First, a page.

NEARLY A WEEK after the Great October Snowstorm, thousands were still without power yesterday. Many blame the utilities for delays in restoring the juice, while the utilities argue that trees in full leaf caused unusually high damage.
The real problem, however, is the failure of the utilities to implement the maintenance and system upgrades that would have limited the damage in the first place. That failure includes insufficient preventive maintenance such as trimming branches and replacing old utility poles. It also includes failure to upgrade the grid to be more resilient so that local outages don’t cascade into massive failures like the great Northeast blackout of 2003.
As the U.S. and Europe teeter on the edge of a devastating double-dip recession, India’s economic boom—once considered a bright spot in an otherwise bleak global financial landscape—is also showing signs of weakness.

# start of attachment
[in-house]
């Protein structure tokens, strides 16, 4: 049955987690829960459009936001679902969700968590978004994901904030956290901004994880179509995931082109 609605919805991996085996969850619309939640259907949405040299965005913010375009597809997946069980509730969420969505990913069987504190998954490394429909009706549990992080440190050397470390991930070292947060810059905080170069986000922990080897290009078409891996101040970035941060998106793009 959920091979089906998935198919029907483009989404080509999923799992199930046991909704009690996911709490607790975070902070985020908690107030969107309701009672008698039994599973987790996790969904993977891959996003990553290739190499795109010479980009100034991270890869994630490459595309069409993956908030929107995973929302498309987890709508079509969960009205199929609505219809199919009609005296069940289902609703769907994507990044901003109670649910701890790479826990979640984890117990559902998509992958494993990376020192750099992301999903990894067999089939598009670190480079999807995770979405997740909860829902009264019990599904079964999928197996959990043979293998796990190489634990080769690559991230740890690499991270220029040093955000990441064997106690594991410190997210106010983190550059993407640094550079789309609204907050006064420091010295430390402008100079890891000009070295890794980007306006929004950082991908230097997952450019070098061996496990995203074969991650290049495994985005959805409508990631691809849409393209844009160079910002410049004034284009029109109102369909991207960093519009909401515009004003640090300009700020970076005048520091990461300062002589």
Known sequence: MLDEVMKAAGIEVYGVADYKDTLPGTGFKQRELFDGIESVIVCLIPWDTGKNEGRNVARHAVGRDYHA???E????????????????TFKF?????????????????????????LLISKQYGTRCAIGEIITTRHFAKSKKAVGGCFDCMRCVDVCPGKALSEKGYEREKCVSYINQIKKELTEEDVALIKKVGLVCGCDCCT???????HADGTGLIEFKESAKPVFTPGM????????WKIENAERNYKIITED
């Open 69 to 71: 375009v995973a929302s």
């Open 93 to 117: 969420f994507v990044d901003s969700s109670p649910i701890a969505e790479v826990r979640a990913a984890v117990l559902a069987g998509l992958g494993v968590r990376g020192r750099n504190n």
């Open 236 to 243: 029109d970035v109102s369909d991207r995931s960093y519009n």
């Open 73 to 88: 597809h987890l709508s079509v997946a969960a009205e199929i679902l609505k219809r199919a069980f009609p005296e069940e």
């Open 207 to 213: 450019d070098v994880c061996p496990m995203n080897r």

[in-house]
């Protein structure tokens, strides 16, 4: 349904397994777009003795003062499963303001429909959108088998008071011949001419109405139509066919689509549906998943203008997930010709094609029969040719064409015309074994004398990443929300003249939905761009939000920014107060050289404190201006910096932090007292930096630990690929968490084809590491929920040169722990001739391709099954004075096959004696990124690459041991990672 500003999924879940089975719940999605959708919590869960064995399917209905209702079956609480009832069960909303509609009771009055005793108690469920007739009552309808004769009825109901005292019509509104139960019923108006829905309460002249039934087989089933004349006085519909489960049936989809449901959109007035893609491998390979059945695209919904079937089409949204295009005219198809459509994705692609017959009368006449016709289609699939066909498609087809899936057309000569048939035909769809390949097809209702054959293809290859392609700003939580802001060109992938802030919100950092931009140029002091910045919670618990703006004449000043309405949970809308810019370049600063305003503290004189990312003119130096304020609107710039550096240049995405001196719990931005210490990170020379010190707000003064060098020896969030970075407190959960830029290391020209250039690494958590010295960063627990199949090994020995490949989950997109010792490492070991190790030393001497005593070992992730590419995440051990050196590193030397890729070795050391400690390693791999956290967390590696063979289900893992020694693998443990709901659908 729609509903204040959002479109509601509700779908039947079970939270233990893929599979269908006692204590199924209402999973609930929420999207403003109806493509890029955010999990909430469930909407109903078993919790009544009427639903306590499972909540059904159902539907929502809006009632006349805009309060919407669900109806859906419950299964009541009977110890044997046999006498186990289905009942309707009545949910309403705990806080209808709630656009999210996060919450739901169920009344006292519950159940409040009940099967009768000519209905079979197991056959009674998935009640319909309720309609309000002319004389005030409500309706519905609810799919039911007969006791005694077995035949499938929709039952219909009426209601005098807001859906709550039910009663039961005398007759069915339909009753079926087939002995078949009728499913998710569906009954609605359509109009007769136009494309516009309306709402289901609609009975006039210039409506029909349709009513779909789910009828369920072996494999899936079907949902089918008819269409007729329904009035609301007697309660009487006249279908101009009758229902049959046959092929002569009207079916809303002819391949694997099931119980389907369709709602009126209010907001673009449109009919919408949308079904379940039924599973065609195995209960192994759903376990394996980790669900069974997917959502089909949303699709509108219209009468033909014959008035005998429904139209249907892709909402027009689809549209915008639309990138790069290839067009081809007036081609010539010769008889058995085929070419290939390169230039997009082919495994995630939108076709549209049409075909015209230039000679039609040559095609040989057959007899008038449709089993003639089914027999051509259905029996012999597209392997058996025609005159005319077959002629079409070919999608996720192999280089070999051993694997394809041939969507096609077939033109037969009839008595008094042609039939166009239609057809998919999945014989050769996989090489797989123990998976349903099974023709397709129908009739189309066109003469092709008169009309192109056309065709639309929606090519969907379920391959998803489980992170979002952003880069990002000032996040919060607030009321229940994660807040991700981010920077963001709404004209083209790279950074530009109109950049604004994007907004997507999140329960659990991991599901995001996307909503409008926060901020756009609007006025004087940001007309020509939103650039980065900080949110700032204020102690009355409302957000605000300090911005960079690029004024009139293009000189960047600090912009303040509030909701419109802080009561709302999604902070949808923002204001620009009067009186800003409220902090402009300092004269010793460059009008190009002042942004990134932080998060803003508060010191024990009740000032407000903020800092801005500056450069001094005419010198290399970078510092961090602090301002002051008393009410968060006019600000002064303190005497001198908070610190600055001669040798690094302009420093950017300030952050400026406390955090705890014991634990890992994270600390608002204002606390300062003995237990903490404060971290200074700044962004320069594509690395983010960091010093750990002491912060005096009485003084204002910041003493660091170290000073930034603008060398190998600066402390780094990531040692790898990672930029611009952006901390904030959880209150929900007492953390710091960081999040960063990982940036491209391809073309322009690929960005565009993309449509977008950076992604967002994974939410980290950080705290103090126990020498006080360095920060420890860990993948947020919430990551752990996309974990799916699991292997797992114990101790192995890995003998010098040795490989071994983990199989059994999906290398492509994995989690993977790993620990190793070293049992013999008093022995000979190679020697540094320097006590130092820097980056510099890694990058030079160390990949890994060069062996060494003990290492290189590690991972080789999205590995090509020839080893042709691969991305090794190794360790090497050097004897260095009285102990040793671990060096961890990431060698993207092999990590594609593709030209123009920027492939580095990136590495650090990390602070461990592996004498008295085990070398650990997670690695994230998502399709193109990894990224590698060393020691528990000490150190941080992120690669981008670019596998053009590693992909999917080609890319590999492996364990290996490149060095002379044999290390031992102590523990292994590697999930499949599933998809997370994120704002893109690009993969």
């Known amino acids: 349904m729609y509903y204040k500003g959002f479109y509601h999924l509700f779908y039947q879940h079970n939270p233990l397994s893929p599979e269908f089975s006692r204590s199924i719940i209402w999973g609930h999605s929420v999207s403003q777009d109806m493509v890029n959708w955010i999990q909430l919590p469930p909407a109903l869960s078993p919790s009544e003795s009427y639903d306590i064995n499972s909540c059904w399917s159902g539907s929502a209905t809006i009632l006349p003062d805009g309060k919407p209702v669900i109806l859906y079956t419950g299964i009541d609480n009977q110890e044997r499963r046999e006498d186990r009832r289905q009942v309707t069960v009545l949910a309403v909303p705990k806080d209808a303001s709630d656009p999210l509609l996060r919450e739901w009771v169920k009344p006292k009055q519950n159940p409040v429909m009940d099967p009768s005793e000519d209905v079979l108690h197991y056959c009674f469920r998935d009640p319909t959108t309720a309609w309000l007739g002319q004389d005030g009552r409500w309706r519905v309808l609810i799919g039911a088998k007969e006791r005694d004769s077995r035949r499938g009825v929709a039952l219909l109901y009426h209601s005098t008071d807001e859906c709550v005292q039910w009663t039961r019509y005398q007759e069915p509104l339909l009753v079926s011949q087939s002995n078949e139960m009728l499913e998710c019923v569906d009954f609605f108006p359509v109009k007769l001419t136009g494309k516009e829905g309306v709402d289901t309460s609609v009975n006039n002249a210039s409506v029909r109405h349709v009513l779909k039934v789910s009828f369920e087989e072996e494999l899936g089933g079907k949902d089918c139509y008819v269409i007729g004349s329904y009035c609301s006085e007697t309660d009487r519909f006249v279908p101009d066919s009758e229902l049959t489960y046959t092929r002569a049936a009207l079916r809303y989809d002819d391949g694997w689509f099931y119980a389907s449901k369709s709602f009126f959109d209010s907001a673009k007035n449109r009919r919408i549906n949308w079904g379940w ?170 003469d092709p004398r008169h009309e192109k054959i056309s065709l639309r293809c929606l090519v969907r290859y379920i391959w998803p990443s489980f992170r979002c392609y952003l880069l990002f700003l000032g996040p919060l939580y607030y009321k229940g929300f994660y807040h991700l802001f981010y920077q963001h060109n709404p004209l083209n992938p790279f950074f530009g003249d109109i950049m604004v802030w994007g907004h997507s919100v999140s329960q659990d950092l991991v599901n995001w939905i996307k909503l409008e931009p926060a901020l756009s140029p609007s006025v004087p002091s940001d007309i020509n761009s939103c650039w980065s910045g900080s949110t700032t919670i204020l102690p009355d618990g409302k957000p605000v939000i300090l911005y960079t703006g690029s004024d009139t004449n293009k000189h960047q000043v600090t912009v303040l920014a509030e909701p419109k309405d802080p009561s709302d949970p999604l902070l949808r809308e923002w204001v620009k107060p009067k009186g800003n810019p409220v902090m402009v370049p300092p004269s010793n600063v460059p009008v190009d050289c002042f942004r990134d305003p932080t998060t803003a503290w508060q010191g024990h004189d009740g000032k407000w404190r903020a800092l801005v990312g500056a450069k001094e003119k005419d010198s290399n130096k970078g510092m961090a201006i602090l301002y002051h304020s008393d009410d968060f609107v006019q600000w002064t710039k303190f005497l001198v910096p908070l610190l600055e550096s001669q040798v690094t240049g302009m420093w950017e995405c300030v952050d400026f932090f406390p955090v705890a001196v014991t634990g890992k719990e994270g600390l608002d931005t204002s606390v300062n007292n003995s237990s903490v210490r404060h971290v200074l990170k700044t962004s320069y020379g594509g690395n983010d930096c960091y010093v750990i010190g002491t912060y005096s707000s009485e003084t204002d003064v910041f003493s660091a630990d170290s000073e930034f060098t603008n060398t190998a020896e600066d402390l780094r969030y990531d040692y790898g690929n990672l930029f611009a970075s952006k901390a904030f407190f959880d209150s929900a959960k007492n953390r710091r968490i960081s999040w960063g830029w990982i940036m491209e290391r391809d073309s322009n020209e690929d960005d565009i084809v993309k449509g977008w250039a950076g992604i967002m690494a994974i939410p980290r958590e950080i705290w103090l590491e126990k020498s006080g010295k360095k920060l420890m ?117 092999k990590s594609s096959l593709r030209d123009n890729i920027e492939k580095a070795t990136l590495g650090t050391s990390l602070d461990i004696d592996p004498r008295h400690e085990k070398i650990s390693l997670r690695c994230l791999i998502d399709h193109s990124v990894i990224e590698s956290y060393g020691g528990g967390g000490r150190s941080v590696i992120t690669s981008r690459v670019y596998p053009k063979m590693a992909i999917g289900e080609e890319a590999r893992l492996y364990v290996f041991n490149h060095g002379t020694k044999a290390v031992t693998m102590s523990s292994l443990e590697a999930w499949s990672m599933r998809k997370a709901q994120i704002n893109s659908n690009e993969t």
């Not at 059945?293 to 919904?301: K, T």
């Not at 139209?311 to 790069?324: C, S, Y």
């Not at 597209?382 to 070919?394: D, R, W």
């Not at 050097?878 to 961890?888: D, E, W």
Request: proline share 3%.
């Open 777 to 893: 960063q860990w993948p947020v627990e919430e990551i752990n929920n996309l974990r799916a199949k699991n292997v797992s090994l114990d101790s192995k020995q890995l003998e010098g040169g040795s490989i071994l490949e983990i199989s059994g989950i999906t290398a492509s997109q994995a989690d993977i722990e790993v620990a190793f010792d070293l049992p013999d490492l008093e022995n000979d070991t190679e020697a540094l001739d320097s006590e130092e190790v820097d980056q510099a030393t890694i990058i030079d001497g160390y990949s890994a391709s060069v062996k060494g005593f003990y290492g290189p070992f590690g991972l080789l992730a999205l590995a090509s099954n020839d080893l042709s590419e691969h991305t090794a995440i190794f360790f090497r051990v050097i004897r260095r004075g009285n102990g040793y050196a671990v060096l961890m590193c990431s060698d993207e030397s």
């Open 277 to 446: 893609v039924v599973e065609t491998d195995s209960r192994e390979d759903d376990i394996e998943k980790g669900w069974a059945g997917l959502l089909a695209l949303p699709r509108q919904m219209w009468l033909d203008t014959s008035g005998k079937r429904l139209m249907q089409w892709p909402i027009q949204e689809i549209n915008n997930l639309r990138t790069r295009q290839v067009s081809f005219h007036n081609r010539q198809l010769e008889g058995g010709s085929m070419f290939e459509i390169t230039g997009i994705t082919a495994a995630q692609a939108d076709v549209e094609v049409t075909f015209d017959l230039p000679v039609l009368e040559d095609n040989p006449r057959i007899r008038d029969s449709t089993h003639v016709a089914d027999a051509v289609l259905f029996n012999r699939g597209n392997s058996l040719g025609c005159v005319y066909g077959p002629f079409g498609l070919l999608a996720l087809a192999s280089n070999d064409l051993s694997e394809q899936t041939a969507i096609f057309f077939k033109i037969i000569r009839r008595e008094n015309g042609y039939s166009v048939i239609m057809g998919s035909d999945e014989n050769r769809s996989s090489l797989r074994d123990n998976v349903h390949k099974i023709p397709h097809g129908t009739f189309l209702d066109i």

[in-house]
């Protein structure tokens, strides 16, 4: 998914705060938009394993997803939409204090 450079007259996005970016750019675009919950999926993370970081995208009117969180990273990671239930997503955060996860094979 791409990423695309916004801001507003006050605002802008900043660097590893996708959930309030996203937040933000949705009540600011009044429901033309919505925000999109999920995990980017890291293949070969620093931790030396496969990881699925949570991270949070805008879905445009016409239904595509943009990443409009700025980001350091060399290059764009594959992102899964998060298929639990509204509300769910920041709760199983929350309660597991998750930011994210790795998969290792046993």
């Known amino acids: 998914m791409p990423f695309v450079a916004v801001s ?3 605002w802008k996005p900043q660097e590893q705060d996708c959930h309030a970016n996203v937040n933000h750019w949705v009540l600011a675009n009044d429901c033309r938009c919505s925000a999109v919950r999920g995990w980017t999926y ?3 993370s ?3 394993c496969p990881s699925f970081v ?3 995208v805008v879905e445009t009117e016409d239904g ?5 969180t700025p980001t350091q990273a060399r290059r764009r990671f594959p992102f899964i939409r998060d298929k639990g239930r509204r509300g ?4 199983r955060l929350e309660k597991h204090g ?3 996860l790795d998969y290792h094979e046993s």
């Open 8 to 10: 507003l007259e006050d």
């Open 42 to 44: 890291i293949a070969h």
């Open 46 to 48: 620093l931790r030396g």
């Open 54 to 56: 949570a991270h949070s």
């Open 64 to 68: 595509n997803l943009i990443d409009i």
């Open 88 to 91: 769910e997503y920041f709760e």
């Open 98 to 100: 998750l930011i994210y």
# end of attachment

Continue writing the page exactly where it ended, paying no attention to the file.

The International Monetary Fund recently cut its growth projection for India, warning that the country was perilously close to double-digit inflation. (In the past fiscal year, India’s economy grew 8.5%; before the financial crisis, its growth exceeded 9% for three straight years.) The IMF cited “a drag from renewed global uncertainty” as the main reason for the revision, but that is letting India off easy.